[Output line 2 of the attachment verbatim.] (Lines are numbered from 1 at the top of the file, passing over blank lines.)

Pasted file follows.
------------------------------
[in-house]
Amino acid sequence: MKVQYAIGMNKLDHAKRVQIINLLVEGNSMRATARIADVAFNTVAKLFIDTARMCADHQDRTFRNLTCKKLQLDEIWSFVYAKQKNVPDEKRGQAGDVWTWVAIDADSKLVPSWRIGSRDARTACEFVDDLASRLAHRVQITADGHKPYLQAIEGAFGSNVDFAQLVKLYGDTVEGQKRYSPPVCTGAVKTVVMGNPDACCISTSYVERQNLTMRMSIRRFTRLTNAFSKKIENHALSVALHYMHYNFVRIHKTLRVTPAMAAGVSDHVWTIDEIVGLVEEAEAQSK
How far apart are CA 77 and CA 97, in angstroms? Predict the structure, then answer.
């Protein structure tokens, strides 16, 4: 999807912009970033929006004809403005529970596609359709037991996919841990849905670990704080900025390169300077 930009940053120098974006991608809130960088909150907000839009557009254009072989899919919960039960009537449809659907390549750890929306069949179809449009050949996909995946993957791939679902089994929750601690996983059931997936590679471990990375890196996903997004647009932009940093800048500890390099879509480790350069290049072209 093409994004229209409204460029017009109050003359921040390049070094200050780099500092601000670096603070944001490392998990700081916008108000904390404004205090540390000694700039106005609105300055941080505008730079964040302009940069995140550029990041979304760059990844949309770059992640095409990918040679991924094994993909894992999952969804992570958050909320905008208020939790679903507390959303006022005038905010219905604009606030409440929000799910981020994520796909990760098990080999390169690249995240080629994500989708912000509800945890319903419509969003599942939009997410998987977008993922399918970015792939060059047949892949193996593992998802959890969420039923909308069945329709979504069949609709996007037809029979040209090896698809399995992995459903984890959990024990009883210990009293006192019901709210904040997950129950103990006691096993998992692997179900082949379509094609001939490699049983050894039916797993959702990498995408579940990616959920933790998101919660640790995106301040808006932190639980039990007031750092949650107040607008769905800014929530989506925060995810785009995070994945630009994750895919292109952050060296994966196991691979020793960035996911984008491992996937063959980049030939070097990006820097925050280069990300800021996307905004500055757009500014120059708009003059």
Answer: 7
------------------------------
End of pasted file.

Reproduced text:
Amino acid sequence: MKVQYAIGMNKLDHAKRVQIINLLVEGNSMRATARIADVAFNTVAKLFIDTARMCADHQDRTFRNLTCKKLQLDEIWSFVYAKQKNVPDEKRGQAGDVWTWVAIDADSKLVPSWRIGSRDARTACEFVDDLASRLAHRVQITADGHKPYLQAIEGAFGSNVDFAQLVKLYGDTVEGQKRYSPPVCTGAVKTVVMGNPDACCISTSYVERQNLTMRMSIRRFTRLTNAFSKKIENHALSVALHYMHYNFVRIHKTLRVTPAMAAGVSDHVWTIDEIVGLVEEAEAQSK